This Is Why Public Toilet Seats Are Shaped Like a U

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It might be something that you miss unless it’s pointed out to you. Next time you go to a public bathroom, take a look before you sit down on the toilet seat. You won’t encounter an oval or circle, but something incomplete; a U. While you’re in there, don’t forget these public restroom etiquette tips.

This is an open-front toilet seat, and thanks to the American Standard National Plumbing Code, it’s the go-to for most public restrooms. This code was created in 1955 and further cemented by the Uniform Plumbing Code in 1973 by the International Association of Plumbing and Mechanical Officials (IAPMO).

The code states, “Water closets shall be equipped with seats of smooth non-absorbent material. All seats of water closets provided for public use shall be of the open-front type.”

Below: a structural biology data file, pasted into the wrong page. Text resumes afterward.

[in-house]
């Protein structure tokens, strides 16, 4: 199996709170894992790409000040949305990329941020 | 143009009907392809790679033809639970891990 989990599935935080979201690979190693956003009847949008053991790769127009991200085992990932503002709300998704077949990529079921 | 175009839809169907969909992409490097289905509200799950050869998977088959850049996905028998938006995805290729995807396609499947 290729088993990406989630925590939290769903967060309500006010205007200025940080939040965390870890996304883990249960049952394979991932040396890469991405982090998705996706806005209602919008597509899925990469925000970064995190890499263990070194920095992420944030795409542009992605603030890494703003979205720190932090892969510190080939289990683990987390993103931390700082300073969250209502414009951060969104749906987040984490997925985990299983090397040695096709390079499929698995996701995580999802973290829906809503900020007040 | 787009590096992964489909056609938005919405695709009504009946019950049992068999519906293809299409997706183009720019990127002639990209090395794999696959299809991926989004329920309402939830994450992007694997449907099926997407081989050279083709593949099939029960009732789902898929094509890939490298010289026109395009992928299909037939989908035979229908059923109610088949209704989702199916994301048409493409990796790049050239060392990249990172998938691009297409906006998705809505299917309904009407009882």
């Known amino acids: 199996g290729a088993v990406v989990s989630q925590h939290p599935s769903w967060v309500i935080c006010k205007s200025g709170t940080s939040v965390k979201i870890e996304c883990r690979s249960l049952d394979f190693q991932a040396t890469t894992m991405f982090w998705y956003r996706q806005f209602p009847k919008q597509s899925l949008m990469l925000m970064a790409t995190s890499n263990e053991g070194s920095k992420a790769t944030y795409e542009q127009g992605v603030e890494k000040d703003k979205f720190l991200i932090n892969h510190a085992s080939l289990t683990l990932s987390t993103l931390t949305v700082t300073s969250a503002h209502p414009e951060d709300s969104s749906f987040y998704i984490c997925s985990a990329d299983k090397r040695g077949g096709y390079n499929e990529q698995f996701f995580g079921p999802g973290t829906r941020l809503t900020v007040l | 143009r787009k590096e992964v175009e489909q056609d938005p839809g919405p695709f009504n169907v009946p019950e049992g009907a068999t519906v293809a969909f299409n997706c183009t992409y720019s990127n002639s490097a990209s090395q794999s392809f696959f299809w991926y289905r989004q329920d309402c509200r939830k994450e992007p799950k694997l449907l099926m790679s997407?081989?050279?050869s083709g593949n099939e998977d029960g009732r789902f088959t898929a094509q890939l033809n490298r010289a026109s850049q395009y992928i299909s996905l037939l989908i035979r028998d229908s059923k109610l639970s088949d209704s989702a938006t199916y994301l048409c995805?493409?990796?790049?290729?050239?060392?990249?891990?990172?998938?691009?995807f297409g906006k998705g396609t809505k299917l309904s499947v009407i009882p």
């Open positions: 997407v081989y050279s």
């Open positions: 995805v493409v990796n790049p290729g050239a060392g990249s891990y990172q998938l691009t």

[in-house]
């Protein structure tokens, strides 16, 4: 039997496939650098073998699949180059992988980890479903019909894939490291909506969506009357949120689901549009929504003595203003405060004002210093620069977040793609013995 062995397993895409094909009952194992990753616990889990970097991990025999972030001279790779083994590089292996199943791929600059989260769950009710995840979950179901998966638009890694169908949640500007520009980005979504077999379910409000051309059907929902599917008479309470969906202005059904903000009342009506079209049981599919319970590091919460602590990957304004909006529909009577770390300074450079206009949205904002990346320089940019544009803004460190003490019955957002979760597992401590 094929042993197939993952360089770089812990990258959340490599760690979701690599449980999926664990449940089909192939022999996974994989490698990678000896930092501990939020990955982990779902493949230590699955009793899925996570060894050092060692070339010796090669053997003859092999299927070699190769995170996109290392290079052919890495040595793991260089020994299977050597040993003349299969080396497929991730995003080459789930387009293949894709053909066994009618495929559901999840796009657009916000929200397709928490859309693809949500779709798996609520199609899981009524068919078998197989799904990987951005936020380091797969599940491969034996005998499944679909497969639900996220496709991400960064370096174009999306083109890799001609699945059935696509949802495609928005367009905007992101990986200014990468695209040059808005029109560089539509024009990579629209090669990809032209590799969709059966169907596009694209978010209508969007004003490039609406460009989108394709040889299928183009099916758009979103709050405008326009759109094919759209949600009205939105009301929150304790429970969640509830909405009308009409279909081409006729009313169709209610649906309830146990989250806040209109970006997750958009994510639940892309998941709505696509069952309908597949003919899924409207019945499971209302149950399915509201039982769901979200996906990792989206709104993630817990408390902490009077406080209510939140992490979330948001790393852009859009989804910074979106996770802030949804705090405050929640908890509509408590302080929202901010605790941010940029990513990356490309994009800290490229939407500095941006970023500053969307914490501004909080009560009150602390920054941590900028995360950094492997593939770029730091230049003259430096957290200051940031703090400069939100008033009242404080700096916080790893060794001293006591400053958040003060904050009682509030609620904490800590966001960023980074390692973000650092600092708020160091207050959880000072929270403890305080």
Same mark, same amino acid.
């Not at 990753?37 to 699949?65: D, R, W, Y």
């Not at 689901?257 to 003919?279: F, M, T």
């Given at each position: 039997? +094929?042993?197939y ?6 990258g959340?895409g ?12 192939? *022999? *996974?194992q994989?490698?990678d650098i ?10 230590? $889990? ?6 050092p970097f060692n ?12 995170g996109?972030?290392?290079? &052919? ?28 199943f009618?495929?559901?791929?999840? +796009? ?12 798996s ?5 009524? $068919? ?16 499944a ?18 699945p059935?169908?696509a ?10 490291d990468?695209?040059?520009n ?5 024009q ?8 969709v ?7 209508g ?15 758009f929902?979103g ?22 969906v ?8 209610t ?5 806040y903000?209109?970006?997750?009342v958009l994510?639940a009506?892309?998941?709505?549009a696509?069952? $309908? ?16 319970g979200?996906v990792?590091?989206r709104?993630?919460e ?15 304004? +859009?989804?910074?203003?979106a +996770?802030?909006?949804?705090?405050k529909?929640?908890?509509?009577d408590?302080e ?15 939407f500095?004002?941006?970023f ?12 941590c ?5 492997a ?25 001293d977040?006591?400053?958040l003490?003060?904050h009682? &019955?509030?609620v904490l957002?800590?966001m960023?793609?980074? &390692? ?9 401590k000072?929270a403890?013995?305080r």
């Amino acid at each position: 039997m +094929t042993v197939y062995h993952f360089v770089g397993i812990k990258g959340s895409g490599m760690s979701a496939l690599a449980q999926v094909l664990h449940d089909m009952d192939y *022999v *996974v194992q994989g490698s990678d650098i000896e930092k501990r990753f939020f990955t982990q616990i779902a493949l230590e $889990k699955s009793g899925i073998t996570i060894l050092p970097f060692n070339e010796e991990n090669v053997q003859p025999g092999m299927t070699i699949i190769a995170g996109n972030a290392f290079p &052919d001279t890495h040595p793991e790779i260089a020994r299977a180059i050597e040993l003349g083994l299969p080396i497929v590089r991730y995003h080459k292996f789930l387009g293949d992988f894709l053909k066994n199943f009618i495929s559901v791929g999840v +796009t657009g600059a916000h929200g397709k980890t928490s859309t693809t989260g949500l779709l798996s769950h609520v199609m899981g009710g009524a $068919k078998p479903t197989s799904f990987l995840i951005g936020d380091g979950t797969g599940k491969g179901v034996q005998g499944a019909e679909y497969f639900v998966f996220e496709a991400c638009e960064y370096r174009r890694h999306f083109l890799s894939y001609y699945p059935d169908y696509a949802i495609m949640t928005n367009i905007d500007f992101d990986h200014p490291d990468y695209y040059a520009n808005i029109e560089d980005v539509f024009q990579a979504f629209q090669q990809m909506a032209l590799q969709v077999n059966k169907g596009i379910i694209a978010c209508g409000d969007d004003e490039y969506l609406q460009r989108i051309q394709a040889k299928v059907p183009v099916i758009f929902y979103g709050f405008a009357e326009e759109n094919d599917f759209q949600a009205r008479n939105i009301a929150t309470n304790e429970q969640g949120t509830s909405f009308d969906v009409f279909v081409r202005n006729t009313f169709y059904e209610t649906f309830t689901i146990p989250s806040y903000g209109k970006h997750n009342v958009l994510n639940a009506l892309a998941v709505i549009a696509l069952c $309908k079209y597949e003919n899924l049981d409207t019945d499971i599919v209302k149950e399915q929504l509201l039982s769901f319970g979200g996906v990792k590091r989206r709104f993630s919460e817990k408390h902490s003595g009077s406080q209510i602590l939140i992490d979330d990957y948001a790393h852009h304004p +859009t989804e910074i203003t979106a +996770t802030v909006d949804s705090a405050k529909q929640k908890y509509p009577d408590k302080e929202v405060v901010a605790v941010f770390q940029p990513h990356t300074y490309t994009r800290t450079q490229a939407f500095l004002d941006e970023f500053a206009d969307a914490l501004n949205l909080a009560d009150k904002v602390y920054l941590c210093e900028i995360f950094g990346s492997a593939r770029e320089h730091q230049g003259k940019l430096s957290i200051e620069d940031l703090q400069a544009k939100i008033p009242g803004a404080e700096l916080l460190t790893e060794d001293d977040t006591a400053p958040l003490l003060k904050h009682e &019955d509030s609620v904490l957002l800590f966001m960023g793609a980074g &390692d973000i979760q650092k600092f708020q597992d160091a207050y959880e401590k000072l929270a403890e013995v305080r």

The rationale for both of these rules comes down to hygiene. With an open front, there’s less surface area that can make incidental contact with your nether regions. But what about the toilet seat covers you can use? Unfortunately, those don’t offer as much protection against germs as you think they do.

They were also designed with women in mind, according to Lynne Simick, the senior director of code development at IAPMO. The gap in the seat is designed to “allow women to wipe the perineal area after using the toilet without contacting the seat,” she tells Slate. Simick notes that the design also benefits men. She says an open-front seat “eliminates an area that could be contaminated with urine” and also “eliminates the user’s genital contact with the seat.”

Now that you know why the public toilet seat is shaped the way it is, learn which public bathroom stall is the cleanest one you can use.

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